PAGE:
Chicago artist Jim Bachor brings urban renewal to the decaying streets of the Windy City. In one of the nation’s most densely populated cities, the streets tend to take a pounding, which has led to an epidemic of potholes which dot much of the city’s avenues. Due to budgeting concerns or just plain municipal neglect, these blemishes often remain untouched for long stretches of time.
While most citizens and civil servants point fingers or wrestle with red tape, Bachor has opted for a more creative and proactive approach. Given how expensive real estate is in a bustling city, why not make use of the spaces nobody wants to fill? Fueled by a fascination with art and ancient history, his substitution of urban blight for mosaic art is not just one of practicality but the reclamation of public space, and the branding of one’s indelible mark to withstand the test of time. In Bachor’s own words:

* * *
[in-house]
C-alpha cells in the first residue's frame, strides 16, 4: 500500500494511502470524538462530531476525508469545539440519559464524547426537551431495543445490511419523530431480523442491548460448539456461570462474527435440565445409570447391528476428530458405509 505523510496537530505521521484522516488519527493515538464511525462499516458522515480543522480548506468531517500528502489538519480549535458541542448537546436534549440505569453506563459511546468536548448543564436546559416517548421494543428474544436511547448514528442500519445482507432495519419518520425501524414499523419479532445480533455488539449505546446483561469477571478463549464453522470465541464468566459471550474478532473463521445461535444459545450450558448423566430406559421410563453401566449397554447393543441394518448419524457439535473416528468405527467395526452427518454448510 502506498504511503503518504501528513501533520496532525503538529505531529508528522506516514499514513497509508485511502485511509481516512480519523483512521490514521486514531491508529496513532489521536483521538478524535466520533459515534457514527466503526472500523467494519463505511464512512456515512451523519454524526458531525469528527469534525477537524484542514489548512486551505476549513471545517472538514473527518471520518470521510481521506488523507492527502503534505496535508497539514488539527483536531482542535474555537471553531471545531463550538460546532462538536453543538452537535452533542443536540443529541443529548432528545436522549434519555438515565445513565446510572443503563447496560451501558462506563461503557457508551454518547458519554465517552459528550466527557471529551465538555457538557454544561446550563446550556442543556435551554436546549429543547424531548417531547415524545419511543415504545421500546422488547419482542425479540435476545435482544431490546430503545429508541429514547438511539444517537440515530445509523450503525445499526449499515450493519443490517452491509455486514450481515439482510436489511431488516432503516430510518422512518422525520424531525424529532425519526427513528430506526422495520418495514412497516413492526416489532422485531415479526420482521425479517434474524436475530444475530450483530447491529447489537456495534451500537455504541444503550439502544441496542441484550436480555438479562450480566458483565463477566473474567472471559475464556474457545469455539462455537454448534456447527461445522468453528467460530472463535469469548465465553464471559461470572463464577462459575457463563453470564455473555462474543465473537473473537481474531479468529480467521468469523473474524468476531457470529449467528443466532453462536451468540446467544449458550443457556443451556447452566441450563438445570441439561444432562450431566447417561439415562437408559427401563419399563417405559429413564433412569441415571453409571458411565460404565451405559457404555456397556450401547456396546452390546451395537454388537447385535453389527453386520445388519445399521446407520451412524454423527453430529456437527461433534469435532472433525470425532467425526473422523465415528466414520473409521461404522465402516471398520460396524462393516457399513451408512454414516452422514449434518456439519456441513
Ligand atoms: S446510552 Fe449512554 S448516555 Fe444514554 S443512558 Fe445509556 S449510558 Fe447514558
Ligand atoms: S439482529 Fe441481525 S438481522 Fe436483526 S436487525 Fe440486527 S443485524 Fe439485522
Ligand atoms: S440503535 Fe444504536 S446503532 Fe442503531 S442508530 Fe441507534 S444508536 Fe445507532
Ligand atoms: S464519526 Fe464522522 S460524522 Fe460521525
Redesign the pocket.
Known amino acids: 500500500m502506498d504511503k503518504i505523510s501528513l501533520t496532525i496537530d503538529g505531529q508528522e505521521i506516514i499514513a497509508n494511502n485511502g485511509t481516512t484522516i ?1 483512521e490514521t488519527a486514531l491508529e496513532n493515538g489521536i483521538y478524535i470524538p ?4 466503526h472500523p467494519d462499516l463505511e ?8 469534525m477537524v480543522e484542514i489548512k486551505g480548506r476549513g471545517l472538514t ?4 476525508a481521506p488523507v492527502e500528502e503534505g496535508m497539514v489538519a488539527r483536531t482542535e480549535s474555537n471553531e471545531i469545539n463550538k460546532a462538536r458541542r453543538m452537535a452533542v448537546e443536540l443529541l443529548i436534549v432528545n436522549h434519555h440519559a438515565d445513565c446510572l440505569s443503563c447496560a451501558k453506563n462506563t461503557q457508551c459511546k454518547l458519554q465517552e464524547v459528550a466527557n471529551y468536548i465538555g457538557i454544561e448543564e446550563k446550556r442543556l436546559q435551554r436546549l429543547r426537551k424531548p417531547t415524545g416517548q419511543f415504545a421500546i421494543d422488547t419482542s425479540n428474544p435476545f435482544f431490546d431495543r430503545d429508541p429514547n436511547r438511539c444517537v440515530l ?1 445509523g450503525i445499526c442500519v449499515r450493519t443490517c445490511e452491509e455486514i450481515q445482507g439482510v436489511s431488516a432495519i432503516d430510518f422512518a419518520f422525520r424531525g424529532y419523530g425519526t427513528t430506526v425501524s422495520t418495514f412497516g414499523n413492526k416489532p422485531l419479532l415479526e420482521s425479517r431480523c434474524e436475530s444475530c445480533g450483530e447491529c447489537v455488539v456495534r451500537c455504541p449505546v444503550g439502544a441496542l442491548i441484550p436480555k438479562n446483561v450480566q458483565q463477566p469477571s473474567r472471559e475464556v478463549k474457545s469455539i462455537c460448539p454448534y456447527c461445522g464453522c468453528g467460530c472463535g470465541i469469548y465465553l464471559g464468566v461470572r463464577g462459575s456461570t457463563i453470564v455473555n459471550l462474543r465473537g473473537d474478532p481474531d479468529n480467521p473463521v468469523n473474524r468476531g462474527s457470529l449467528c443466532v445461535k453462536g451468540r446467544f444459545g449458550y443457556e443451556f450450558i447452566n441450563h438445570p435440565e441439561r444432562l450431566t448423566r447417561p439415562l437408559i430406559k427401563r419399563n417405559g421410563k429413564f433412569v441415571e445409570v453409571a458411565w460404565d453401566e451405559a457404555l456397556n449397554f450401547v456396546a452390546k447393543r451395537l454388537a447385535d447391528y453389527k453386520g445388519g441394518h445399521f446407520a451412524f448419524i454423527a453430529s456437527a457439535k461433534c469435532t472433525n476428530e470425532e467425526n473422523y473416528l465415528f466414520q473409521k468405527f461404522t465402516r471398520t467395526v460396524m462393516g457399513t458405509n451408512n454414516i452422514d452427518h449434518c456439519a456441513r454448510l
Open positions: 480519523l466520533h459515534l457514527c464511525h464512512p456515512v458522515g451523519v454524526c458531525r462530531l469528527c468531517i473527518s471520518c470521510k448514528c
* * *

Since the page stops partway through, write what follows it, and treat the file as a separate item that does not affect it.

“In the ancient world, mosaics were used to capture images of everyday life. These colorful pieces of stone or glass set in mortar were the photographs of empires long past. Marble and glass do not fade. Mortar is mortar. An ancient mosaic looks exactly as intended by the artist who produced it over two millennia ago. What else can claim that kind of staying power? I find this idea simply amazing.”All images courtesy of Jim Bachor